Guest Column: Area theater directors attend national festival in Michigan

StoryImage( ‘/Images/Story//Auto-img-11218815497277.jpg’, ‘Photo provided’, ‘Theatre Festival host Kathy Weir of Kalamazoo Civic Theatre (center) welcomes Rockford community theatre directors joan e. kole (left) and Mark Kann (right) to National Festival of Association of American Community Theatres.’);

The stateline area is blessed with a number of good community theater groups, including the Beloit Civic Theatre, Main Street Players of Boone County, Pec Playhouse Theatre, RVC’s Starlight Theatre, Byron Civic Theatre and several other groups who contribute to our regional audiences. All of these groups do good work most of the time, some reaching toward artistic excellence more successfully than others, but each one having developed a faithful following of loyal fans and a reputation for offering good family entertainment. They offer wonderful opportunities for all of the enthusiastic amateur performers and back-stage workers to be involved in a creative artistic activity right in their own back yard; and they add to the entertainment offerings available to the whole region.

But it may surprise some readers to know just how extensive the whole community theater business has become in America. The national organization, AACT (Association of American Community Theatres), has hundreds of member groups, all organized into 10 regional associations incorporating all 50 states and a military group in Europe. Each year, the various state organizations hold “festivals,” at which interested theaters can present a production in competition, and out of which winners are chosen who may then proceed to the next regional competition, and the following year, the regional winners move to the National Festival.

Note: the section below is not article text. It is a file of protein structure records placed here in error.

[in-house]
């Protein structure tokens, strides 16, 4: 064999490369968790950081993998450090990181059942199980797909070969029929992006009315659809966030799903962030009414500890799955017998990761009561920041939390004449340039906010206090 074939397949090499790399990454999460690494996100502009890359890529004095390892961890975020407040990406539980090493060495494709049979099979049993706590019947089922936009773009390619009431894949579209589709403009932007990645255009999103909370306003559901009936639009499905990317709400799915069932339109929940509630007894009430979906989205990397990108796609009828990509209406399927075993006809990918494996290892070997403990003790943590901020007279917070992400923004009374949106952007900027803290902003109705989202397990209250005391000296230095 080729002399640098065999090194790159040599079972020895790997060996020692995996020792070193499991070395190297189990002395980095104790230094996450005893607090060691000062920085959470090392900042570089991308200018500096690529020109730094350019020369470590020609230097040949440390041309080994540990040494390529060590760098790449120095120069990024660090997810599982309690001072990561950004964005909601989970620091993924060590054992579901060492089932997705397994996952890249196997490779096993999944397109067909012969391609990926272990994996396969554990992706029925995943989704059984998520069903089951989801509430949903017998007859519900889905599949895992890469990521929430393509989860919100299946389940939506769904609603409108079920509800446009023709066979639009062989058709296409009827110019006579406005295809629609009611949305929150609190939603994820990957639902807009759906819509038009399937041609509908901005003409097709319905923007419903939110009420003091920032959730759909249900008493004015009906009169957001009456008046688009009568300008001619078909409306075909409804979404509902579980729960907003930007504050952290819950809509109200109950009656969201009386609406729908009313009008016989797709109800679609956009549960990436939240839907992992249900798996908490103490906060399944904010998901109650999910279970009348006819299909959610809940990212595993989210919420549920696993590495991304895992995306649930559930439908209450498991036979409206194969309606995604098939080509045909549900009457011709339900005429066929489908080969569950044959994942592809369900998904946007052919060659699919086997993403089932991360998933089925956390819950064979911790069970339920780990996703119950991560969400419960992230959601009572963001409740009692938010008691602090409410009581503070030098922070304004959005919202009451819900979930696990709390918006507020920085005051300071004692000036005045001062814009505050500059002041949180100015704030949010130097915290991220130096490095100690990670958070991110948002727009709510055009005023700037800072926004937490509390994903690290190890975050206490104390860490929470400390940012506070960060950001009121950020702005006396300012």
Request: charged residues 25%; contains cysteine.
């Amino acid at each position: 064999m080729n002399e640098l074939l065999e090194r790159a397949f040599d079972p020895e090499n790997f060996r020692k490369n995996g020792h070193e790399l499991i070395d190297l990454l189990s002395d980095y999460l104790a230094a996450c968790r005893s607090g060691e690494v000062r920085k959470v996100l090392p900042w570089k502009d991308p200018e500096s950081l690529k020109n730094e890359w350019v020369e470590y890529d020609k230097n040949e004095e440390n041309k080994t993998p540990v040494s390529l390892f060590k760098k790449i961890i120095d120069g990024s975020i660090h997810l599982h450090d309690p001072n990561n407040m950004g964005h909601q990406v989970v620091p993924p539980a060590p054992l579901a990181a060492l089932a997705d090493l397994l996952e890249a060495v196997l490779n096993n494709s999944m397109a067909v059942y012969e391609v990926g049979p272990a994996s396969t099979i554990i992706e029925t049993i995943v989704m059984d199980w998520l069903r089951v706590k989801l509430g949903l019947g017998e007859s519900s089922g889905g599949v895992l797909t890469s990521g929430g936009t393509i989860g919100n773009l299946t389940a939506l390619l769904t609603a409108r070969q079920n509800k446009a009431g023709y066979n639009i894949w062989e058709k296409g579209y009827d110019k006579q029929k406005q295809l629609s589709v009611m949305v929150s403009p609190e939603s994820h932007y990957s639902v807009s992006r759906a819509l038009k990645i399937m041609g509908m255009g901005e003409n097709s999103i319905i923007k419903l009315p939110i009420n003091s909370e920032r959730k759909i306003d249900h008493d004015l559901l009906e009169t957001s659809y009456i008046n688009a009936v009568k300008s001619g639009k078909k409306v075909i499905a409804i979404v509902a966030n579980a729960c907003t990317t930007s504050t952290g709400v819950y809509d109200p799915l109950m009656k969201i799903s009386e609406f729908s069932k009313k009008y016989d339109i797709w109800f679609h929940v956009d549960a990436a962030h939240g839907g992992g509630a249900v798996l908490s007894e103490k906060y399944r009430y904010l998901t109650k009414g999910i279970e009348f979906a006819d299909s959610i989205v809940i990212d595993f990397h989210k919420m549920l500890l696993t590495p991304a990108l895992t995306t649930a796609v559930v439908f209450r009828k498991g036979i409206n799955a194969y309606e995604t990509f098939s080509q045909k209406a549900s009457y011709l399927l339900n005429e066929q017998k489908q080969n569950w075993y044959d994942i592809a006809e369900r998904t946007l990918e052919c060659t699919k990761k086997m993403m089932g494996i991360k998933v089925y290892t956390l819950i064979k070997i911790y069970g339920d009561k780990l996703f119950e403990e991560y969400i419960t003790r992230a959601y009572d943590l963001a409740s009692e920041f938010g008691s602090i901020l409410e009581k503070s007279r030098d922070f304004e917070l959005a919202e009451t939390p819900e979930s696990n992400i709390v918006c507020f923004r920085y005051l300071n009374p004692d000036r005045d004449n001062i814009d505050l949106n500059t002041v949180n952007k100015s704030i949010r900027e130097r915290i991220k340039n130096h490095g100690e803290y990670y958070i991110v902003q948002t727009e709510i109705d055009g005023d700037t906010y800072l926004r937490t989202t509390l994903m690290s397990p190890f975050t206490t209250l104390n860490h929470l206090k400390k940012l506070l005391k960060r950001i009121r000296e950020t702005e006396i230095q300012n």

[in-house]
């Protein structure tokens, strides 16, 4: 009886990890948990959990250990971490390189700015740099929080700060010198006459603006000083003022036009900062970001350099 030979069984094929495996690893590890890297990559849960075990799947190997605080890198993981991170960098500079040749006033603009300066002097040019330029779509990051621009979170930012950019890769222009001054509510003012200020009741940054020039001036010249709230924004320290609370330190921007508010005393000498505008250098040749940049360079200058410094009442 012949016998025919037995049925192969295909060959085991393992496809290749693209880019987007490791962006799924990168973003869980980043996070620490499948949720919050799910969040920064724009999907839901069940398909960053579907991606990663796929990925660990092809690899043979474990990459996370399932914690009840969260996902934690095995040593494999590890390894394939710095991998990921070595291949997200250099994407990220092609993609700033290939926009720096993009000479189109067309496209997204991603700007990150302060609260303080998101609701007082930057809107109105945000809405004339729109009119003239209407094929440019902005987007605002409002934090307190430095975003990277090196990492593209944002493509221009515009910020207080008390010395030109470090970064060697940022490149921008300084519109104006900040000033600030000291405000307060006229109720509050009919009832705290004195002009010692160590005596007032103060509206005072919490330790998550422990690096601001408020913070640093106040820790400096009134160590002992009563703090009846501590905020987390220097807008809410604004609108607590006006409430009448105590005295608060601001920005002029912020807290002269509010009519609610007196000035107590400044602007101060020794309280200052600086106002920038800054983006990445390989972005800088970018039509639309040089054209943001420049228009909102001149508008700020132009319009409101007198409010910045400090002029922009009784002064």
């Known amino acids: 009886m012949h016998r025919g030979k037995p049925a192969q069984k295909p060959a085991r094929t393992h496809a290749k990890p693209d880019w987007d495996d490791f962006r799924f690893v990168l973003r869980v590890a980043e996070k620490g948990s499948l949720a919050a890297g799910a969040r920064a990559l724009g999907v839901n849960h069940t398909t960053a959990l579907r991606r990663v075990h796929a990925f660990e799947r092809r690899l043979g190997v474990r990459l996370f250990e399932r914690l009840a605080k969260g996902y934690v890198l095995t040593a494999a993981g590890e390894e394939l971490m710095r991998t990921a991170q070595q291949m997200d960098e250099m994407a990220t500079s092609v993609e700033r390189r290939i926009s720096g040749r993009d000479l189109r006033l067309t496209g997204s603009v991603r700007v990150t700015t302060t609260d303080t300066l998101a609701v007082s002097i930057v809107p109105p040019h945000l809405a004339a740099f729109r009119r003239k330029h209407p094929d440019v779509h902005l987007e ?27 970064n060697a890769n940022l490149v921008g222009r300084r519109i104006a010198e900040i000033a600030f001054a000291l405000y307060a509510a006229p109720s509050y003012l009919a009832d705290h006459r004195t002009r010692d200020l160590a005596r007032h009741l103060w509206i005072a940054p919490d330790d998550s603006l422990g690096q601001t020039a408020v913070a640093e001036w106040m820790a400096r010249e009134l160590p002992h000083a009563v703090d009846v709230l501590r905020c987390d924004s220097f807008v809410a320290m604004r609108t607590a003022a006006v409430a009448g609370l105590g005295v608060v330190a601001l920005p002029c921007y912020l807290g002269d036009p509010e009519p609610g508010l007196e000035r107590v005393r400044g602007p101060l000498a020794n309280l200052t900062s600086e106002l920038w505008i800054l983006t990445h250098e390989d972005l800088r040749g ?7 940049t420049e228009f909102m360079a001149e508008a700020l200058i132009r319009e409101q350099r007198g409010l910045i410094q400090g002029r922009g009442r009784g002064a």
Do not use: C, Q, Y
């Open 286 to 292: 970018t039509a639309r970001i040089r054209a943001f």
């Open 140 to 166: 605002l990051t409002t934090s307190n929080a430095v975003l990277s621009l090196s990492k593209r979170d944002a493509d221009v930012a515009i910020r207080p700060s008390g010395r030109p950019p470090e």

A few weekends ago, this year’s National was held in Kalamazoo, Mich., at the prestigious Kalamazoo Civic Theatre, and hosted by the Civic’s executive director, Duwain Hunt, and the National Festival host chairman, Cathie Weir (see accompanying photo). Ten regional winners presented their productions. In addition, there were four days of workshops and seminars, covering almost any and every facet of theater production one might be interested in. The two top shows were absolutely outstanding. I have written often that “professional” is a term that need not apply just to the “commercial”, moneymaking theater of New York and Chicago; but rather should be determined by the quality of the individual production. I have seen lots of bad “commercial” theater, even on Broadway. But I have also seen what I would insist were “professional caliber community” shows, and “professional quality college” shows. Several of the presentations in Kalamazoo were definitely “professional!”